Grant Balfour blows first save since April 29, 2012

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Before surrendering a game-tying, two-run home run to Matt Dominguez in the ninth inning of tonight’s loss, Athletics closer Grant Balfour had converted 44 consecutive saves dating back to early 2012, the sixth-longest such streak in baseball history, according to ESPN Stats & Info. Balfour’s last blown save occurred on April 29 against the Orioles, when he gave up a game-tying two-run double to Matt Wieters and then a walk-off three-run home run to Wilson Betemit.

After the Dominguez homer, Balfour recorded an out, then allowed a double to Jonathan Villar and a walk to Jose Altuve. While pitching to Jason Castro, Balfour threw a pitch in the dirt that bounced off of catcher Derek Norris and went to his left. Villar, on second, threatened to advance but ultimately stayed put. Altuve, at first, thought Villar was advancing, so he was about halfway between first and second when Norris fired to first for what should have been an easy second out of the inning. The throw to first baseman Brandon Moss went wide, glancing off of his outstretched glove and dribbling away. Villar raced around the third base bag and easily scored the winning run for the walk-off win. Surprisingly, it is not Balfour’s first loss of the season. He lost on June 23 in Seattle against the Mariners.

Balfour has been a godsend to the Athletics since they signed him to a two-year, $8.1 million contract with a $4.5 million option for 2013. Entering tonight, Balfour had logged 176.1 innings with the A’s, posting a 2.30 ERA with 52 saves. He made the All-Star team for the first time in his career this year. Prior to tonight’s game, he was averaging better than a strikeout per inning with a 1.59 ERA in 39.2 innings. Tonight’s outing bumps his ERA up to 2.03.

Odubel Herrera went 0-for-5 with five strikeouts today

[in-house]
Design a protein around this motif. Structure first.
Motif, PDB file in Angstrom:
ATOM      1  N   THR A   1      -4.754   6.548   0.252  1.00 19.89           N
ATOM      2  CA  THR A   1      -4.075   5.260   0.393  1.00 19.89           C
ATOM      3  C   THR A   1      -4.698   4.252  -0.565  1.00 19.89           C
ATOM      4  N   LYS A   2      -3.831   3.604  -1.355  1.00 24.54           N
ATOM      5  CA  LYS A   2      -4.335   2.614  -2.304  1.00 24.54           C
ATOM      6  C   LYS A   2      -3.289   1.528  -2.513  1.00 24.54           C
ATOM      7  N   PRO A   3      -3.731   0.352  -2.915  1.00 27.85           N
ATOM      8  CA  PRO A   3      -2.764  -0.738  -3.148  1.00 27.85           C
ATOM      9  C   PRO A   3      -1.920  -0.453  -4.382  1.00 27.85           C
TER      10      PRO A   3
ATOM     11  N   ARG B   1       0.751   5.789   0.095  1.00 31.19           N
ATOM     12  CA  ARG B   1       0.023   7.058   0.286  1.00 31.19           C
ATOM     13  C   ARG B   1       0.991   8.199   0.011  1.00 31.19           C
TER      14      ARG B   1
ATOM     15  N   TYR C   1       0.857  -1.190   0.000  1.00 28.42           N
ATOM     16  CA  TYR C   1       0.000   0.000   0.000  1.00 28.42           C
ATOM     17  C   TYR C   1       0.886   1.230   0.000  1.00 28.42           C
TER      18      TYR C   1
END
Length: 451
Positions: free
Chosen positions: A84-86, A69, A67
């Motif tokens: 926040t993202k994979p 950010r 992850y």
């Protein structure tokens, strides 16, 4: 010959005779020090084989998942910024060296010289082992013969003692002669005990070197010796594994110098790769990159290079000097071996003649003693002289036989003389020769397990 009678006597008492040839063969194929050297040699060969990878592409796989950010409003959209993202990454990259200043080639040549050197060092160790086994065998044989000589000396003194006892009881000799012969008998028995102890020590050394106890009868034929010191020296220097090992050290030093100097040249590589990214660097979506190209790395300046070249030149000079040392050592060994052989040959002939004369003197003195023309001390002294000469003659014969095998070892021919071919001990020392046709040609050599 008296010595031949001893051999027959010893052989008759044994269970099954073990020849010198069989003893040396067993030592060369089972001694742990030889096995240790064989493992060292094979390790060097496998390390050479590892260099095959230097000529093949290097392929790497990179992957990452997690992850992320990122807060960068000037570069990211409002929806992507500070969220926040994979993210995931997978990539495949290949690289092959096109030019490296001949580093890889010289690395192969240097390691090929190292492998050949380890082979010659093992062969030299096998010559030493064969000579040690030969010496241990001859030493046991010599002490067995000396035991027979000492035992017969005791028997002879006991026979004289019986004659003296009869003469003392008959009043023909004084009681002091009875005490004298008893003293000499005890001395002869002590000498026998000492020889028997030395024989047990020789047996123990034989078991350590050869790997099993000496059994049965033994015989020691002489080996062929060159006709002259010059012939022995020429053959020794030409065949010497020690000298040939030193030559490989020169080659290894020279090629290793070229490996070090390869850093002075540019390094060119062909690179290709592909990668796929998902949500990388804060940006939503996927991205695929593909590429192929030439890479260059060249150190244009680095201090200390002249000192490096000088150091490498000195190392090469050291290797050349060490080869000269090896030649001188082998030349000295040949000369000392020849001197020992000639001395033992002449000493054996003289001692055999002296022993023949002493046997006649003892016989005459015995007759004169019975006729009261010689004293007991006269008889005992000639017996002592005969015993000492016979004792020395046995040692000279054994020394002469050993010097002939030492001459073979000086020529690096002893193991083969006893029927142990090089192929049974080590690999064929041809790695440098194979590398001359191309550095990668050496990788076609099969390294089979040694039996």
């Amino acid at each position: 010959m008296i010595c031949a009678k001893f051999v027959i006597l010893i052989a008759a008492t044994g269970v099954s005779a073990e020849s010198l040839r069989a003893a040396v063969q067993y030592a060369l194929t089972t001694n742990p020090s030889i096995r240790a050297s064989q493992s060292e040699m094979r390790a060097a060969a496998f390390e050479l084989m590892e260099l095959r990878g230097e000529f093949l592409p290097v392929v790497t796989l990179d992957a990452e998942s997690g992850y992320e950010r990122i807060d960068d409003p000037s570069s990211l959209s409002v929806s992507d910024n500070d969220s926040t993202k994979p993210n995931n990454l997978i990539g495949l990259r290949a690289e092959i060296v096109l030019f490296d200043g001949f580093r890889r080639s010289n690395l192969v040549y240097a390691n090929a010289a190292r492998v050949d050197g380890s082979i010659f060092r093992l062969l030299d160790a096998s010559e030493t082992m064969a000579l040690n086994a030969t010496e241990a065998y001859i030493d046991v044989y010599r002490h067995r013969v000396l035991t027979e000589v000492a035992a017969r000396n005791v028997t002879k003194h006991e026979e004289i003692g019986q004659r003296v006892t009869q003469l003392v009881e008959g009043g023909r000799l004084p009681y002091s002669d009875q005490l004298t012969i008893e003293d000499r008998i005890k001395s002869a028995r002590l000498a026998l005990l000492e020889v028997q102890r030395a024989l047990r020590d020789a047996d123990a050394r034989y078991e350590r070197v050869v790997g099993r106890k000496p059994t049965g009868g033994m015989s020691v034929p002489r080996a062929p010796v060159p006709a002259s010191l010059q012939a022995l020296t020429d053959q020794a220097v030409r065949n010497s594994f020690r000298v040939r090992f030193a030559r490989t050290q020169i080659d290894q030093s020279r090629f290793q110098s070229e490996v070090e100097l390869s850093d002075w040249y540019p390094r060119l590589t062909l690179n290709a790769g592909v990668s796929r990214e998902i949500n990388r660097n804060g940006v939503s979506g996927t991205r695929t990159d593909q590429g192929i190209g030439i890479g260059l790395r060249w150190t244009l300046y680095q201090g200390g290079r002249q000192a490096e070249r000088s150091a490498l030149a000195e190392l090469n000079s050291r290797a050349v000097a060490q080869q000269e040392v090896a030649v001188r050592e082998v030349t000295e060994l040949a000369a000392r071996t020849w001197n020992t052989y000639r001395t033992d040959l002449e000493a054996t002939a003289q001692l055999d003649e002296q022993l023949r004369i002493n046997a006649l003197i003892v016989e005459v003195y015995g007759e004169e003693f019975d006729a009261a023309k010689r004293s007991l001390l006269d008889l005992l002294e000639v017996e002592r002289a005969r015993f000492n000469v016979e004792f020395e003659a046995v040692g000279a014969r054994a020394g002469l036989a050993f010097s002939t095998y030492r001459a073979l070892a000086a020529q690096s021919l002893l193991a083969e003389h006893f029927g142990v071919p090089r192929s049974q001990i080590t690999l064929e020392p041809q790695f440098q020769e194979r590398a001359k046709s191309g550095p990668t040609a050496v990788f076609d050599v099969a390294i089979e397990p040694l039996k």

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Did you have a bad day? It’s OK. We all do sometimes. It’s just part of life. Even ballplayers have bad days. Even the good ones.

Odubel Herrera is a good one. He’s only 25, but he’s already got two seasons of above average hitting under his belt. Dude gets on base. He could be a regular for tons of teams, so there’s no shame at all in him having a bad day. And boy howdy did he have a bad day today. He went 0-for-5 with five strikeouts in the Phillies extra innings win against the Rockies.

“I feel that I am making good swings but I’m just missing the pitches,” Herrera said.

Well, that is how strikeouts work.

Four strikeouts in a game is known as a Golden Sombrero. Players don’t strike out five times in a game very often so they don’t have an agreed upon name, but I’ve seen it referred to as the “platinum sombrero,” which seems pretty solid for such a feat. Six is a titanium sombrero or a double platinum sombrero, though there are references to it as a “Horn,” for Sam Horn, who deserves something to be named in his honor. Horn is like Moe Greene — a great man, a man of vision and guts — yet there isn’t even a plaque, or a signpost or a statue of him!

But I digress.

The last time a Phillies player did it was when Pat Burrell K’d five times in September 2008. The Phillies won the World Series that year, of course, so maybe this is an omen. [looks at standings] Or maybe not.

Anyway, get a good night’s sleep tonight, Odubel. Shake it off. Tomorrow is another day.

Rachel Robinson to receive O’Neil Award from the Hall of Fame

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NEW YORK (AP) Rachel Robinson will receive the Buck O’Neil Lifetime Achievement Award from baseball’s Hall of Fame on July 29, the day before this year’s induction ceremony.

She’s the wife of late Hall of Famer Jackie Robinson, who broke the major league color barrier in 1947. Rachel Robinson created the Jackie Robinson Foundation in 1973, a year after he husband’s death. Rachel Robinson, who turns 95 in July 19, headed the foundation’s board until 1996.

The O’Neil award was established in 2007 to honor individuals who broaden the game’s appeal and whose character is comparable to that of O’Neil. He played in the Negro Leagues, was a scout for major league baseball teams and helped establish the Negro Leagues Baseball Museum in Kansas City, Missouri.

The award was given to O’Neil in 2008, Roland Hemond in 2011 and Joe Garagiola in 2014.